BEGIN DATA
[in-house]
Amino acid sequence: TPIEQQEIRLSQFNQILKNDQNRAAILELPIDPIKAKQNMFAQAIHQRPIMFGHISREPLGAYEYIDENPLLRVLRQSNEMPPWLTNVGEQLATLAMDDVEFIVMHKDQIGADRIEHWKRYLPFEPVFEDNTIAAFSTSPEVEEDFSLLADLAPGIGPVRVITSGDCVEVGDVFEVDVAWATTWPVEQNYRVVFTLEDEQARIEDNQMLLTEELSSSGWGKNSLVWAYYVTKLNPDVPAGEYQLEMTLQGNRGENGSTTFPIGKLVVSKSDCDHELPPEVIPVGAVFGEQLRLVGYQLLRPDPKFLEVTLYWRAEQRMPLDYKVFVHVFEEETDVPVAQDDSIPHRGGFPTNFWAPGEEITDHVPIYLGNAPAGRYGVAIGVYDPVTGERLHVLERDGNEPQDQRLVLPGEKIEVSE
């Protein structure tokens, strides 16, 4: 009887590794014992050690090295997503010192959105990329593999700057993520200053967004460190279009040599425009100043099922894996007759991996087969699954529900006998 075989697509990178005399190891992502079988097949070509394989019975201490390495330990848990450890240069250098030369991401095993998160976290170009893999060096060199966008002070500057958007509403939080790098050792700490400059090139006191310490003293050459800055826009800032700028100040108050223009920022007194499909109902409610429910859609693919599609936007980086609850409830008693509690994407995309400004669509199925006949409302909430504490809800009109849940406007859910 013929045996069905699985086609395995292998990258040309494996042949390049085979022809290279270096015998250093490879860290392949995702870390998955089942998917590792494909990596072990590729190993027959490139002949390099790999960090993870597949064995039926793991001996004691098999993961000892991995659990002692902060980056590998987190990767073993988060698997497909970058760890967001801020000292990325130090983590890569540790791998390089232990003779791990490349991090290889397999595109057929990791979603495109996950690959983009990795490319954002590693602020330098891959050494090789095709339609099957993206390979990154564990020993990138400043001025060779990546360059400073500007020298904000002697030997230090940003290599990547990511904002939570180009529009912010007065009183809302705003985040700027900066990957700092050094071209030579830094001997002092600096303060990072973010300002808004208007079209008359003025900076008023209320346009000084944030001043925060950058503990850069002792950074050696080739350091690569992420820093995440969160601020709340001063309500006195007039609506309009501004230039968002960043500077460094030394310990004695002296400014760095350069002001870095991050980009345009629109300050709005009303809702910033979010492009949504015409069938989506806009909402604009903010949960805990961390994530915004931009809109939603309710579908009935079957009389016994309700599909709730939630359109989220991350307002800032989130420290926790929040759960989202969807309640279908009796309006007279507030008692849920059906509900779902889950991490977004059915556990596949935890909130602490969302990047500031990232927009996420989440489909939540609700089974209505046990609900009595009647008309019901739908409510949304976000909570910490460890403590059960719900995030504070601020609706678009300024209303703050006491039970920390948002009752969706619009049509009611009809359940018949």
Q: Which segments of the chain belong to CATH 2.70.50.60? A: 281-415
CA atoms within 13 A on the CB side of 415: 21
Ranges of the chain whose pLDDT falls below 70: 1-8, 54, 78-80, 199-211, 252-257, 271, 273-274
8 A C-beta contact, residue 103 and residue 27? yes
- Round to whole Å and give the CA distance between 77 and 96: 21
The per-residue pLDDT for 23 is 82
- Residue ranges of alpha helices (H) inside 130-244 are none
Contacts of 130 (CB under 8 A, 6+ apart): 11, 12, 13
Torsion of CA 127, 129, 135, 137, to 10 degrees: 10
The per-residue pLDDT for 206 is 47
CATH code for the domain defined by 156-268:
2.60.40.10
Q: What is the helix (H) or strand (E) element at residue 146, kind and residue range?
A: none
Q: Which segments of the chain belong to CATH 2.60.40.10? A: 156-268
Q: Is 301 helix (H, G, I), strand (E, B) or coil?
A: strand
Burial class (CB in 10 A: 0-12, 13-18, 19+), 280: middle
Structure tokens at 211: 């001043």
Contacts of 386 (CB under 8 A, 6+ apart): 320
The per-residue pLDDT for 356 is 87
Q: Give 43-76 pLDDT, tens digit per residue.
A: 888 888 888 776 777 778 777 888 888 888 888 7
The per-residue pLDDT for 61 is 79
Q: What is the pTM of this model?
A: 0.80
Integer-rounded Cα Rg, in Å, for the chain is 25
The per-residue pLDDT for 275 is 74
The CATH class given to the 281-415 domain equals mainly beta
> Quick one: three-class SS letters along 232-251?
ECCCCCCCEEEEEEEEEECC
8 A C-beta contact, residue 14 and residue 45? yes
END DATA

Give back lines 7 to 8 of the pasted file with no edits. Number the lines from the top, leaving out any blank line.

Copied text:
8 A C-beta contact, residue 103 and residue 27? yes
- Round to whole Å and give the CA distance between 77 and 96: 21